Martin Rose, the conflicted barrister in Closed Circuit, has characteristics of both Perry Mason and James Bond, but isn’t as clever as either one. The same can be said of the film itself.
This low-key crime thriller from director John Crowley (Boy A) offers a glimpse into the British justice system but instead of providing an incisive critique, it only yields a halfhearted examination. In its place is a series of generic procedural elements coupled with standard-issue romantic melodrama.
The film tracks a high-profile terrorism case in a British courtroom, in which a Muslim suspect is put on trial for a tragic explosion in London. The public defense team consists of barrister Martin (Eric Bana) and special advocate Claudia (Rebecca Hall), former lovers who try not to let relationship complications interfere with the job at hand.
As they gather information and hear classified evidence before the judge (Kenneth Cranham), both Martin and Claudia suspect the case is more complicated than it first appeared, or than prosecutors and government officials want the public to believe.
So they become crusaders for justice, diving into a web of cover-ups, corruption and conspiracy theories that becomes tricky — and dangerous — to expose.
Both American and British audiences will be able to appreciate the topical nature of the screenplay by Steven Knight (Eastern Promises), who certainly seems to have done his research into courtroom policies and procedures. The film’s unique judicial perspective becomes modestly insightful with regard to modern espionage and surveillance techniques.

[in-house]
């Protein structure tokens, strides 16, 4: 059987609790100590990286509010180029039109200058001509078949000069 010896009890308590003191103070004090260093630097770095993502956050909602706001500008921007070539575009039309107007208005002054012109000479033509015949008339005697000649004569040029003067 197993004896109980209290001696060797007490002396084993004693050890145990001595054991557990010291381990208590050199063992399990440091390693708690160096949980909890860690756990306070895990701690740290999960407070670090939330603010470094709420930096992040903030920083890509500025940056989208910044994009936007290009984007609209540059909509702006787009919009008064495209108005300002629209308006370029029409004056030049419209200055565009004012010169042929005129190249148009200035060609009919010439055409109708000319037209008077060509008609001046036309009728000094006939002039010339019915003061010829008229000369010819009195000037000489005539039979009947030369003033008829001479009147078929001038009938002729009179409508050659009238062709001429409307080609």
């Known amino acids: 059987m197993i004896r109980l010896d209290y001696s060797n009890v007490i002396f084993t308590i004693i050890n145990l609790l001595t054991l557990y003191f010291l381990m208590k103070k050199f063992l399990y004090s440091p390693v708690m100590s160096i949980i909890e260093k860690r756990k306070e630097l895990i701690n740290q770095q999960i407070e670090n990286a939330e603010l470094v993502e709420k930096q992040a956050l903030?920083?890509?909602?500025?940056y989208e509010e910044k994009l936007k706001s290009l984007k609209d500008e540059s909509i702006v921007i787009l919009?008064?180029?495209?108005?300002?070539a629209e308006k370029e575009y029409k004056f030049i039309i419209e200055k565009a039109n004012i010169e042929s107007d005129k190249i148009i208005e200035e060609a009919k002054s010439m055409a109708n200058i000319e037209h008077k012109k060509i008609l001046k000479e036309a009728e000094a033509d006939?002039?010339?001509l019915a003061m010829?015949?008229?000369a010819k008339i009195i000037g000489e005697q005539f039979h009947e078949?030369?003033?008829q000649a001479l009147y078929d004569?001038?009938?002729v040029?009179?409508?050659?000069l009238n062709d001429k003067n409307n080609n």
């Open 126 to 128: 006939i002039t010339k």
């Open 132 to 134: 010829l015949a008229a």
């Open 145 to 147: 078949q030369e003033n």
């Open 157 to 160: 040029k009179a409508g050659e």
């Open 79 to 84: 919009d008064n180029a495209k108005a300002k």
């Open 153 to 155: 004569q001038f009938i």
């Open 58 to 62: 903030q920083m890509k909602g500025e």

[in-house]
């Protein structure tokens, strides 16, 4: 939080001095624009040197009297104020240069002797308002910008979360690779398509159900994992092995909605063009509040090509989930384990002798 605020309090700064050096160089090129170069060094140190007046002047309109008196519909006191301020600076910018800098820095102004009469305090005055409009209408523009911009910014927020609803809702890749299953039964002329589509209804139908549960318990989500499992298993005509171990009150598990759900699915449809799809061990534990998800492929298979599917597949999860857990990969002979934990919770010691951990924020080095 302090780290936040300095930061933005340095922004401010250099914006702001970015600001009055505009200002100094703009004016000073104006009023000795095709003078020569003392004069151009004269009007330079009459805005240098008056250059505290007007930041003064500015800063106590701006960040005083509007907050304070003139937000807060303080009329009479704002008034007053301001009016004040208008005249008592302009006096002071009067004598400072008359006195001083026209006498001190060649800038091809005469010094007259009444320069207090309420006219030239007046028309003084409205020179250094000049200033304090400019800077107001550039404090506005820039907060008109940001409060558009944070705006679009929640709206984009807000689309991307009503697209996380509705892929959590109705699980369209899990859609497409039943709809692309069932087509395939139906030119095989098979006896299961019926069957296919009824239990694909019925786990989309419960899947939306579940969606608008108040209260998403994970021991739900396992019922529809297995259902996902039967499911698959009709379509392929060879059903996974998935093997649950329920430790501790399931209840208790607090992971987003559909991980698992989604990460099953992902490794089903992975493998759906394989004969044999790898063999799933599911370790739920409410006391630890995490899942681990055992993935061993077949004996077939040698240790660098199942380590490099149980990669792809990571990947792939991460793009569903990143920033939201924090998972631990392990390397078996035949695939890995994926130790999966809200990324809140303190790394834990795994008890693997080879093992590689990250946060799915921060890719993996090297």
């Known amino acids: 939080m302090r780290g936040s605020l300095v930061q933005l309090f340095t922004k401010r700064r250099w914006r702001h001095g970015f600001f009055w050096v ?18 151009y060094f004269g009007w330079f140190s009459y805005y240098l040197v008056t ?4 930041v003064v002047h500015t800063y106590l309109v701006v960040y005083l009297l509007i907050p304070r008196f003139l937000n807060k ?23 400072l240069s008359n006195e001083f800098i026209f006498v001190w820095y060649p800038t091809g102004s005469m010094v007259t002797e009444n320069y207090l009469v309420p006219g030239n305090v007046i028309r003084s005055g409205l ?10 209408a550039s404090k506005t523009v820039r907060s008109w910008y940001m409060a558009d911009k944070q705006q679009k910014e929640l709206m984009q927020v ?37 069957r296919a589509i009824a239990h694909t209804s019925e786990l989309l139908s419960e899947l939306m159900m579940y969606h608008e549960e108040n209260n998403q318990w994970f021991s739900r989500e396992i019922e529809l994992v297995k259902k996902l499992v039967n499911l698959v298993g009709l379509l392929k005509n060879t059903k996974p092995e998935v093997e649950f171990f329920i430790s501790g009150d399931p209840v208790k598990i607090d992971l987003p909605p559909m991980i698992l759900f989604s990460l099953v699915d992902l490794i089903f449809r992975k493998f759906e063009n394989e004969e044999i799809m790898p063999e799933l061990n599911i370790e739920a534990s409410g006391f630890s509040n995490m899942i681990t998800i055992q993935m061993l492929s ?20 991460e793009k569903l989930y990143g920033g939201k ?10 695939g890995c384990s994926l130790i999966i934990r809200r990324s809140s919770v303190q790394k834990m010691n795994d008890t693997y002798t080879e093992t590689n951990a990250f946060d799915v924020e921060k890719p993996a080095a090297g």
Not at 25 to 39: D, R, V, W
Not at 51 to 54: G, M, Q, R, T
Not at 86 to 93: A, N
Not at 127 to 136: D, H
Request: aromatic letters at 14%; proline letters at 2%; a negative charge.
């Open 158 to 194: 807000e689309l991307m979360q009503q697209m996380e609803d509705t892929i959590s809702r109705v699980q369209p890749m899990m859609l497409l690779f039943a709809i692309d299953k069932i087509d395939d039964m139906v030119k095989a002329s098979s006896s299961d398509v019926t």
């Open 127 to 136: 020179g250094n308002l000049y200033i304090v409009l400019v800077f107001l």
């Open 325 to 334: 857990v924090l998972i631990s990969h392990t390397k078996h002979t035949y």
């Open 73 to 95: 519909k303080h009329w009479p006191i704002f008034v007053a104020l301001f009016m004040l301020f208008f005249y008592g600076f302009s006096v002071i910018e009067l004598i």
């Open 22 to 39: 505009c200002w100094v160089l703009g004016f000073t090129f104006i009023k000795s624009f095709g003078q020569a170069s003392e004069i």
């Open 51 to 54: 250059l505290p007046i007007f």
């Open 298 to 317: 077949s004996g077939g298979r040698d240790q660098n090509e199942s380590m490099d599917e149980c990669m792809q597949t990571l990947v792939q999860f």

Provocative yet muddled, it’s a character-driven thriller with more talk than action, although an opening sequence involving a terrorist act packs a punch. Yet the twists generally are more familiar than fresh, which decreases the level of suspense. Despite some taut pacing, the story becomes more preposterous as it goes along.
Bana and Hall offer fine performances while generating a mildly effective chemistry. The competent supporting cast includes veterans Jim Broadbent and Ciaran Hinds as higher-ups who are shady to various degrees.
In some ways, Closed Circuit feels like a throwback to gritty, tightly wound thrillers of the 1970s like Three Days of the Condor or The Conversation. But it doesn’t generate nearly the same degree of tension, nor does it have a comparable payoff.
Rated R, 96 minutes.